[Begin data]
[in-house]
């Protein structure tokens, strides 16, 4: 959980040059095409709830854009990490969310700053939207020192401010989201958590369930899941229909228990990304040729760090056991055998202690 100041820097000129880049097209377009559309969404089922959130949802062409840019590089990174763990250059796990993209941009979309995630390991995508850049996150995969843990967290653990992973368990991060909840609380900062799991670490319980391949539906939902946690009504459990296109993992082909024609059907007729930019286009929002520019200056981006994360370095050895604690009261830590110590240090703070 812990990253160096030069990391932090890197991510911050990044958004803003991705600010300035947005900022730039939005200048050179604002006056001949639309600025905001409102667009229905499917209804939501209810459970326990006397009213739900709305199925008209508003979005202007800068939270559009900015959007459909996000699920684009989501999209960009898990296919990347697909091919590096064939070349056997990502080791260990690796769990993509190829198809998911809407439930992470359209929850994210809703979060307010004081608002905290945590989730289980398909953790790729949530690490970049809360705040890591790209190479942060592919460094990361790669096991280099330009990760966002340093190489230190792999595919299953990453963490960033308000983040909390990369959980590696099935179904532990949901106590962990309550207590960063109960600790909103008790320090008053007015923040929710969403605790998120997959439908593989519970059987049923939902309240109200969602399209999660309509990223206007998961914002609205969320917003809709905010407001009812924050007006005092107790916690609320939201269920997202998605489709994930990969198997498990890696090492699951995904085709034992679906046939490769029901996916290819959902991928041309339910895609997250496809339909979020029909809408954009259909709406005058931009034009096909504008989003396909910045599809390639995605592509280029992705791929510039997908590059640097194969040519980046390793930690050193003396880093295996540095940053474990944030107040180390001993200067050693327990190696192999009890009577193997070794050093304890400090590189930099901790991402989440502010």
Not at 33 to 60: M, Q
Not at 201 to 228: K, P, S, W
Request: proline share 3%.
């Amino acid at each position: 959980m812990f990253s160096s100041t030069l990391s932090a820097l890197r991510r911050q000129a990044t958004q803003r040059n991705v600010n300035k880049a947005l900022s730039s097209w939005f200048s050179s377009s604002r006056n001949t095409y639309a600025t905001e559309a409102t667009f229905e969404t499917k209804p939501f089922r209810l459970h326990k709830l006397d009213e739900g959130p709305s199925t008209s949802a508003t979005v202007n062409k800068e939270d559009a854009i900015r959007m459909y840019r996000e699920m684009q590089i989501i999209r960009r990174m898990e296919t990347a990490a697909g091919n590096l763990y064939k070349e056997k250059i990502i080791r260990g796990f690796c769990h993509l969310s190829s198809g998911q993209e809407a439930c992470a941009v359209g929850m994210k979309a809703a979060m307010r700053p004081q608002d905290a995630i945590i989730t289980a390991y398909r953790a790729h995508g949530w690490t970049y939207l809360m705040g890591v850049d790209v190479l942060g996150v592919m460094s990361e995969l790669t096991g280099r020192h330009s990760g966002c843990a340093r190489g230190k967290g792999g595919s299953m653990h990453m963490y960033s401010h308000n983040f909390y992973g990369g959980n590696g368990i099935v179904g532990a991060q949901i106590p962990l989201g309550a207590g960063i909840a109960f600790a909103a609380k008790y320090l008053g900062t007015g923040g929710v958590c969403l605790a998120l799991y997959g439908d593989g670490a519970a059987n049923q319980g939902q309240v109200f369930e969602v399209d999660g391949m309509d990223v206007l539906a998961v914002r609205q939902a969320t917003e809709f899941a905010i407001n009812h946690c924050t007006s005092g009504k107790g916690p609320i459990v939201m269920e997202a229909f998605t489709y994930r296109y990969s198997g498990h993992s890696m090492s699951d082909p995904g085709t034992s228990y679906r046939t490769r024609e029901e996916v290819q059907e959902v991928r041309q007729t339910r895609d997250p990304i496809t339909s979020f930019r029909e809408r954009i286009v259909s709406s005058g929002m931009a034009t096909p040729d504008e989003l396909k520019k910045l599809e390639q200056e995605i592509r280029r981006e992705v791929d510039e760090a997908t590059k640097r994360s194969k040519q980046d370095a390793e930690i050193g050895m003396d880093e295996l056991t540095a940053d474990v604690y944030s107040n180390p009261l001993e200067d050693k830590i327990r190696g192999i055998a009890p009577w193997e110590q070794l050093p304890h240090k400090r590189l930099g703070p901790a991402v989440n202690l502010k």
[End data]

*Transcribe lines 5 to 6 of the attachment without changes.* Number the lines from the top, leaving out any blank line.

Request: proline share 3%.
């Amino acid at each position: 959980m812990f990253s160096s100041t030069l990391s932090a820097l890197r991510r911050q000129a990044t958004q803003r040059n991705v600010n300035k880049a947005l900022s730039s097209w939005f200048s050179s377009s604002r006056n001949t095409y639309a600025t905001e559309a409102t667009f229905e969404t499917k209804p939501f089922r209810l459970h326990k709830l006397d009213e739900g959130p709305s199925t008209s949802a508003t979005v202007n062409k800068e939270d559009a854009i900015r959007m459909y840019r996000e699920m684009q590089i989501i999209r960009r990174m898990e296919t990347a990490a697909g091919n590096l763990y064939k070349e056997k250059i990502i080791r260990g796990f690796c769990h993509l969310s190829s198809g998911q993209e809407a439930c992470a941009v359209g929850m994210k979309a809703a979060m307010r700053p004081q608002d905290a995630i945590i989730t289980a390991y398909r953790a790729h995508g949530w690490t970049y939207l809360m705040g890591v850049d790209v190479l942060g996150v592919m460094s990361e995969l790669t096991g280099r020192h330009s990760g966002c843990a340093r190489g230190k967290g792999g595919s299953m653990h990453m963490y960033s401010h308000n983040f909390y992973g990369g959980n590696g368990i099935v179904g532990a991060q949901i106590p962990l989201g309550a207590g960063i909840a109960f600790a909103a609380k008790y320090l008053g900062t007015g923040g929710v958590c969403l605790a998120l799991y997959g439908d593989g670490a519970a059987n049923q319980g939902q309240v109200f369930e969602v399209d999660g391949m309509d990223v206007l539906a998961v914002r609205q939902a969320t917003e809709f899941a905010i407001n009812h946690c924050t007006s005092g009504k107790g916690p609320i459990v939201m269920e997202a229909f998605t489709y994930r296109y990969s198997g498990h993992s890696m090492s699951d082909p995904g085709t034992s228990y679906r046939t490769r024609e029901e996916v290819q059907e959902v991928r041309q007729t339910r895609d997250p990304i496809t339909s979020f930019r029909e809408r954009i286009v259909s709406s005058g929002m931009a034009t096909p040729d504008e989003l396909k520019k910045l599809e390639q200056e995605i592509r280029r981006e992705v791929d510039e760090a997908t590059k640097r994360s194969k040519q980046d370095a390793e930690i050193g050895m003396d880093e295996l056991t540095a940053d474990v604690y944030s107040n180390p009261l001993e200067d050693k830590i327990r190696g192999i055998a009890p009577w193997e110590q070794l050093p304890h240090k400090r590189l930099g703070p901790a991402v989440n202690l502010k």